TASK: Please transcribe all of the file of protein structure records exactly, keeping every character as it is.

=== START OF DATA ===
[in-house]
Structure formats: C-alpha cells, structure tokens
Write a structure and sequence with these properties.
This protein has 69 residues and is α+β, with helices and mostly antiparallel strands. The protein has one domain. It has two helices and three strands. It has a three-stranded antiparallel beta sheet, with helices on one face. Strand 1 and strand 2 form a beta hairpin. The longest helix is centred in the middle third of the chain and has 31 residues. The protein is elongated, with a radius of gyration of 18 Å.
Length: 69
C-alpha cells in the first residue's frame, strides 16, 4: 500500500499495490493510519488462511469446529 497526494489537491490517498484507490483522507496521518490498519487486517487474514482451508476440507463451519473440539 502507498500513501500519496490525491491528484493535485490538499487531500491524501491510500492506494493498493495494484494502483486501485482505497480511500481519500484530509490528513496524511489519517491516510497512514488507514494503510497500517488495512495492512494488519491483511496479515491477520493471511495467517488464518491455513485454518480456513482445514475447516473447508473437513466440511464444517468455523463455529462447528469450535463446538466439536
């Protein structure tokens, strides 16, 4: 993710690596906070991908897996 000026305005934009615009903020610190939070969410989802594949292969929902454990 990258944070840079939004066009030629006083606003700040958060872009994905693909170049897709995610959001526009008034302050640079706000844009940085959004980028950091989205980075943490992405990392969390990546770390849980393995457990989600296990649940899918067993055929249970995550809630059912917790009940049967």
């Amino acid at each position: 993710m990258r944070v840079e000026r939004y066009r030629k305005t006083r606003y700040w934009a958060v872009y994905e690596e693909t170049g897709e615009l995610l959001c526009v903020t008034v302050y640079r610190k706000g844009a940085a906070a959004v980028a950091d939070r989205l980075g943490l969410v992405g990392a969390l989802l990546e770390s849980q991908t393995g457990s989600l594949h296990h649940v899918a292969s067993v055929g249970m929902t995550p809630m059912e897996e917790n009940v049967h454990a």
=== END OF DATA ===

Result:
[in-house]
Structure formats: C-alpha cells, structure tokens
Write a structure and sequence with these properties.
This protein has 69 residues and is α+β, with helices and mostly antiparallel strands. The protein has one domain. It has two helices and three strands. It has a three-stranded antiparallel beta sheet, with helices on one face. Strand 1 and strand 2 form a beta hairpin. The longest helix is centred in the middle third of the chain and has 31 residues. The protein is elongated, with a radius of gyration of 18 Å.
Length: 69
C-alpha cells in the first residue's frame, strides 16, 4: 500500500499495490493510519488462511469446529 497526494489537491490517498484507490483522507496521518490498519487486517487474514482451508476440507463451519473440539 502507498500513501500519496490525491491528484493535485490538499487531500491524501491510500492506494493498493495494484494502483486501485482505497480511500481519500484530509490528513496524511489519517491516510497512514488507514494503510497500517488495512495492512494488519491483511496479515491477520493471511495467517488464518491455513485454518480456513482445514475447516473447508473437513466440511464444517468455523463455529462447528469450535463446538466439536
């Protein structure tokens, strides 16, 4: 993710690596906070991908897996 000026305005934009615009903020610190939070969410989802594949292969929902454990 990258944070840079939004066009030629006083606003700040958060872009994905693909170049897709995610959001526009008034302050640079706000844009940085959004980028950091989205980075943490992405990392969390990546770390849980393995457990989600296990649940899918067993055929249970995550809630059912917790009940049967």
């Amino acid at each position: 993710m990258r944070v840079e000026r939004y066009r030629k305005t006083r606003y700040w934009a958060v872009y994905e690596e693909t170049g897709e615009l995610l959001c526009v903020t008034v302050y640079r610190k706000g844009a940085a906070a959004v980028a950091d939070r989205l980075g943490l969410v992405g990392a969390l989802l990546e770390s849980q991908t393995g457990s989600l594949h296990h649940v899918a292969s067993v055929g249970m929902t995550p809630m059912e897996e917790n009940v049967h454990a």